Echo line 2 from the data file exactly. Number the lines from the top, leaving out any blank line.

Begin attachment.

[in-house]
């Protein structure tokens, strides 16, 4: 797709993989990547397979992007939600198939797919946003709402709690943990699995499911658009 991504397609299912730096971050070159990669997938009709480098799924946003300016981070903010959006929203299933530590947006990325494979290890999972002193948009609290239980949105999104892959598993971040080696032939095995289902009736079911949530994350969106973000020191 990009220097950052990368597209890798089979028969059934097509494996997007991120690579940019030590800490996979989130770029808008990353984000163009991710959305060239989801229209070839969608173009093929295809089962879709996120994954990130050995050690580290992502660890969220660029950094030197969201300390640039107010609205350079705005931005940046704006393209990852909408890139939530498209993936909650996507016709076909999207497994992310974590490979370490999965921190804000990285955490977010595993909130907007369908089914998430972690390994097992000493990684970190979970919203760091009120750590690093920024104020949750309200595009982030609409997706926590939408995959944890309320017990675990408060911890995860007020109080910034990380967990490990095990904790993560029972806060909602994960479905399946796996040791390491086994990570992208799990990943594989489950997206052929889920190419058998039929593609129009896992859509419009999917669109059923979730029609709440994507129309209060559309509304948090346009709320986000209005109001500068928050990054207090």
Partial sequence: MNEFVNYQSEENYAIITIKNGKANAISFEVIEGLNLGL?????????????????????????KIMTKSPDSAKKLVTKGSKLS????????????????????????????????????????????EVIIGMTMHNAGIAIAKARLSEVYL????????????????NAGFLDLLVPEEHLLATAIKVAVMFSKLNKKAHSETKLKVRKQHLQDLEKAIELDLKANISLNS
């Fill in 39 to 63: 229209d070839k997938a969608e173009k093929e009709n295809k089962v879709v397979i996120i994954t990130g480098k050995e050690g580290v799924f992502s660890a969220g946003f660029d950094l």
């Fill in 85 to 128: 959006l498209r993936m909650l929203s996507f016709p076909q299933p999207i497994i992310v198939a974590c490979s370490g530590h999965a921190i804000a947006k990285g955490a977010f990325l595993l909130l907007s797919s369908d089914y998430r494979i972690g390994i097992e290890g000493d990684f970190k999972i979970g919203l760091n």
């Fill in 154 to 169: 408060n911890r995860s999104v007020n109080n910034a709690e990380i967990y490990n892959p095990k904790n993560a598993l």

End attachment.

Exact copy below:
């Protein structure tokens, strides 16, 4: 797709993989990547397979992007939600198939797919946003709402709690943990699995499911658009 991504397609299912730096971050070159990669997938009709480098799924946003300016981070903010959006929203299933530590947006990325494979290890999972002193948009609290239980949105999104892959598993971040080696032939095995289902009736079911949530994350969106973000020191 990009220097950052990368597209890798089979028969059934097509494996997007991120690579940019030590800490996979989130770029808008990353984000163009991710959305060239989801229209070839969608173009093929295809089962879709996120994954990130050995050690580290992502660890969220660029950094030197969201300390640039107010609205350079705005931005940046704006393209990852909408890139939530498209993936909650996507016709076909999207497994992310974590490979370490999965921190804000990285955490977010595993909130907007369908089914998430972690390994097992000493990684970190979970919203760091009120750590690093920024104020949750309200595009982030609409997706926590939408995959944890309320017990675990408060911890995860007020109080910034990380967990490990095990904790993560029972806060909602994960479905399946796996040791390491086994990570992208799990990943594989489950997206052929889920190419058998039929593609129009896992859509419009999917669109059923979730029609709440994507129309209060559309509304948090346009709320986000209005109001500068928050990054207090």